The remarkable geological formations on Staffa are justifiably renowned, having inspired artists, writers and musicians over the years, with Felix Mendelssohn’s Hebrides Overture perhaps being the most famous work made in it’s honour. Others that have visited and found inspiration are Turner, August Strindberg, and Sir Walter Scott.
It’s great to find an important heritage site in the UK which you can freely enter without health & safety regulations compromising the experience, and walk right to the very back of the cave. Inside, a deep booming can be heard as the sound of the sea dramatically crashes at the cave end, resonating and echoing throughout.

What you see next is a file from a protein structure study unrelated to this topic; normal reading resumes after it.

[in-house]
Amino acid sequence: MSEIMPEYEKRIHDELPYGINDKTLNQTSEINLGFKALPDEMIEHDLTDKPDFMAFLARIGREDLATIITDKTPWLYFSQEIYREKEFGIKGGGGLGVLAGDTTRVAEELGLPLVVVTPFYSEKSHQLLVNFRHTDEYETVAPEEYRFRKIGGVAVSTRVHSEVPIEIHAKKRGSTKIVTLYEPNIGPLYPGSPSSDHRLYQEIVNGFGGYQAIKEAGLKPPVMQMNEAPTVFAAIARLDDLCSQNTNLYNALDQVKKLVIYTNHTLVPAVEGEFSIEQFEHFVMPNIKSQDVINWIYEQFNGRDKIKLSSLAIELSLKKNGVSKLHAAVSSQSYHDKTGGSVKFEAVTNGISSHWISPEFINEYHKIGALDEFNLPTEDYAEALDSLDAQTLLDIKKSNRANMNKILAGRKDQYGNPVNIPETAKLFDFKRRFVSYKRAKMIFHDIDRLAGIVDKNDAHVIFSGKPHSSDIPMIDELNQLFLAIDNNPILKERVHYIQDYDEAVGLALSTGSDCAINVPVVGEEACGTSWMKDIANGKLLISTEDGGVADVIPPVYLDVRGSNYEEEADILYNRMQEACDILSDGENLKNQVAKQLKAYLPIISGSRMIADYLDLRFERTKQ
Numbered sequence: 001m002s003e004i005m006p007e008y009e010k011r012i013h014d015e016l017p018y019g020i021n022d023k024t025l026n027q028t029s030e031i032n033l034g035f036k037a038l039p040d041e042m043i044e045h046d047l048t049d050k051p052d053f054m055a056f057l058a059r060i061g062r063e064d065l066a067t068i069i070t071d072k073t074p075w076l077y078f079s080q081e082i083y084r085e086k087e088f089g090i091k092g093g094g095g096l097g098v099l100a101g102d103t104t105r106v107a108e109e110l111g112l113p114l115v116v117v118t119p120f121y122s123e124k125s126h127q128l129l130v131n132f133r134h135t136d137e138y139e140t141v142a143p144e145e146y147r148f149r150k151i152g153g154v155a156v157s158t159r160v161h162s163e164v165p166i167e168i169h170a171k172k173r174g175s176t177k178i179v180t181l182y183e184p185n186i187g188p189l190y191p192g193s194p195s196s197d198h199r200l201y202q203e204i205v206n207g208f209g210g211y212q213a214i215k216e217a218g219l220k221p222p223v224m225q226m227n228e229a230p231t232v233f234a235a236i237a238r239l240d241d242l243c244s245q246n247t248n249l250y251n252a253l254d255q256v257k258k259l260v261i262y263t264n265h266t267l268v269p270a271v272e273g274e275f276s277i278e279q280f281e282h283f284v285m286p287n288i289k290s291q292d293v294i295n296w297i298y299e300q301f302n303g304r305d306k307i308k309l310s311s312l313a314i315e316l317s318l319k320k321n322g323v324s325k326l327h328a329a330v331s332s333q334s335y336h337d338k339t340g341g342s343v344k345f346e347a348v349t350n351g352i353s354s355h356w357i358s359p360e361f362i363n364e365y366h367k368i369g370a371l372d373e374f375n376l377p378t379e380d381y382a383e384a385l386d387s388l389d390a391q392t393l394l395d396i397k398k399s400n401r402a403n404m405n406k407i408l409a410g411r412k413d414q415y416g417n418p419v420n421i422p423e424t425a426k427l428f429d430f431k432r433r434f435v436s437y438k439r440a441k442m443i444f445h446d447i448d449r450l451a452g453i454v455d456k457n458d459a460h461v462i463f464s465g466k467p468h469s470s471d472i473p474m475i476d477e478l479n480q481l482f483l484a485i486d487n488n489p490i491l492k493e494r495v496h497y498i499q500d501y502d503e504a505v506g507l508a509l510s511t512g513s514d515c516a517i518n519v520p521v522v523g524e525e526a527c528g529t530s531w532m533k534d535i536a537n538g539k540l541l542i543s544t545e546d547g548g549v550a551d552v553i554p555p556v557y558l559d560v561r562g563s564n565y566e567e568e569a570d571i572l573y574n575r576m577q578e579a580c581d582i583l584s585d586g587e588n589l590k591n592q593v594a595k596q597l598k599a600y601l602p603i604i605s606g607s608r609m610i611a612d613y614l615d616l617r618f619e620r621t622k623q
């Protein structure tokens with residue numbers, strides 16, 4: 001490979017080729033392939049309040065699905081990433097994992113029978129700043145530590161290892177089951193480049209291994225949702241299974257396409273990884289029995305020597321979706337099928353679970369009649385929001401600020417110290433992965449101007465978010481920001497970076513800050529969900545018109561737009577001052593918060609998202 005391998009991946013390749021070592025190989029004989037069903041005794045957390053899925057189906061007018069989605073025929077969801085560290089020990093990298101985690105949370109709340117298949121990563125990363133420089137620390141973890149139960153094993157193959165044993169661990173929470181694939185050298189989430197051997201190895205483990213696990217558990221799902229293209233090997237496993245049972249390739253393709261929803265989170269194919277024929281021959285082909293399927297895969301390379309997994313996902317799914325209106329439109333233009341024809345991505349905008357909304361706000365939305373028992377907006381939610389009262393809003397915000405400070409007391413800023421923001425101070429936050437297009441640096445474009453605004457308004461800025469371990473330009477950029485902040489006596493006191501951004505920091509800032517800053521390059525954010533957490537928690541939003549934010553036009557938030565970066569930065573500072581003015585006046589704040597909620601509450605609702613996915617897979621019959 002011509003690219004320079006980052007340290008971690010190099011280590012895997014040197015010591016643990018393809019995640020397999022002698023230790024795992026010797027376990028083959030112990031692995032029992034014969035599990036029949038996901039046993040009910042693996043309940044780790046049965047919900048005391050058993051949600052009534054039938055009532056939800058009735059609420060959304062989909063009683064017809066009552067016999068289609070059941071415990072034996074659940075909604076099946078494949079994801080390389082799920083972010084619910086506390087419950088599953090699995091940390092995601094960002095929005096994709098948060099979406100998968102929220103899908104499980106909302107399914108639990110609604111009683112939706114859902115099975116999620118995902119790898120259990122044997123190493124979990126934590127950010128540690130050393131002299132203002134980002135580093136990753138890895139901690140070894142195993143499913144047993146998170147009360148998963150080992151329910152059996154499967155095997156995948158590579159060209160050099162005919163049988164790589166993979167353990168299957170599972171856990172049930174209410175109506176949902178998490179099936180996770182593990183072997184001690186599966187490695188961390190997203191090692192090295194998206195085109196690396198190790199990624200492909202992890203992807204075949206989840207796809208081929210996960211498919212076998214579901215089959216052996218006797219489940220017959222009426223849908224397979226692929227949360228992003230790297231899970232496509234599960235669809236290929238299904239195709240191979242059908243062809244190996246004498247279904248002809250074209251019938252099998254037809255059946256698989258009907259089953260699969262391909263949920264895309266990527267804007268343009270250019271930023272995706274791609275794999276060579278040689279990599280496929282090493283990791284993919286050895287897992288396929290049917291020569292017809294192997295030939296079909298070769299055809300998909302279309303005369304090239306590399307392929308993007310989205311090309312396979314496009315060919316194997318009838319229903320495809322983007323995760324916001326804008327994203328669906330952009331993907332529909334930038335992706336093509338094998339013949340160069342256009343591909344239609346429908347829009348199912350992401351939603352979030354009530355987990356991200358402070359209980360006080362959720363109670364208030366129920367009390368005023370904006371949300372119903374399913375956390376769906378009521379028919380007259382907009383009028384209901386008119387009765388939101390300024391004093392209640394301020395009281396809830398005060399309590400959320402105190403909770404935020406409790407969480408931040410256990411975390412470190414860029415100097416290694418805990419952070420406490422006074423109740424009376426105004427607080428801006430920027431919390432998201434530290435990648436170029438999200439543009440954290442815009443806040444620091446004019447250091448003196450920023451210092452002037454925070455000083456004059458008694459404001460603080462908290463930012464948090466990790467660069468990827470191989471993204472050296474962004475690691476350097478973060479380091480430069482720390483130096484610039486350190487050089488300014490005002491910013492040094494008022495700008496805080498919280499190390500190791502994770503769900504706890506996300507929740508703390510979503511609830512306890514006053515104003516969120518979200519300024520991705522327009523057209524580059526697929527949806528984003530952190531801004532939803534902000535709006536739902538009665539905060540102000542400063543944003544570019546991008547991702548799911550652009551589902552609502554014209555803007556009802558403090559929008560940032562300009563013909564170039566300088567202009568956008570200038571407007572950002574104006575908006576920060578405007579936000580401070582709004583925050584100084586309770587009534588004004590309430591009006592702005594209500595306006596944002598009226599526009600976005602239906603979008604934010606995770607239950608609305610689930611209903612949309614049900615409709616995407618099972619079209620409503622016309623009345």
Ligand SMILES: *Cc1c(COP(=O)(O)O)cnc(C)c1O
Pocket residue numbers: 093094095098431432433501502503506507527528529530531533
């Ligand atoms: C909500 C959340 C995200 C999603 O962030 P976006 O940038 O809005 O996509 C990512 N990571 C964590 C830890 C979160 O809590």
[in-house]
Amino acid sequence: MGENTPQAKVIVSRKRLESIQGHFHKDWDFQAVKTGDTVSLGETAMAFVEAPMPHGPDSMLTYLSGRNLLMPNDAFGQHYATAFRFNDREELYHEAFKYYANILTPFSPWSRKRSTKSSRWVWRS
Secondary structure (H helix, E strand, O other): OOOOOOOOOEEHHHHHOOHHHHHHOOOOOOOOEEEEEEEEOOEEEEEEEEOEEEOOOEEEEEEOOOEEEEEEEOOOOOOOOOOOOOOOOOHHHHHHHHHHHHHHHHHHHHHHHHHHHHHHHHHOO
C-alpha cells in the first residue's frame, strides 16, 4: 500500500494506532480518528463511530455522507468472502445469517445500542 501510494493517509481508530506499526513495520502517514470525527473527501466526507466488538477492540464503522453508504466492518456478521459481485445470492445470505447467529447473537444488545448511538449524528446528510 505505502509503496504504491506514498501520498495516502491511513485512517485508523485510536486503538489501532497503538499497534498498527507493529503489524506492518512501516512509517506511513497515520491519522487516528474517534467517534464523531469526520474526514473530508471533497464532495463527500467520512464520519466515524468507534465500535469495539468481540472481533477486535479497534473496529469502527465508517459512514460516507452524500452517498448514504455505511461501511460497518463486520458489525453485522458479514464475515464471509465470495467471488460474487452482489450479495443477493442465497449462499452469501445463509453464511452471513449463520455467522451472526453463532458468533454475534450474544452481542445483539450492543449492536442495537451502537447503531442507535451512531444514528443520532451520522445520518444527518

Once we viewed the cave, we headed up to the other end of the island to see if we might catch a glimpse of some puffins. An extraordinary thing happened. I sat down on the cliff edge and within 15-20 seconds, a puffin flew straight towards me and landed in a hole around three feet from where I was sitting. In its beak were a couple of tiny sand eels, and after a minute in the hole, it flew out to, presumably, catch more food. Needless to say, the swiftness of the experience meant that I didn’t catch it on camera – but then on this instance a camera would have impinged upon the experience itself. Some things are more precious because of their fleetingness.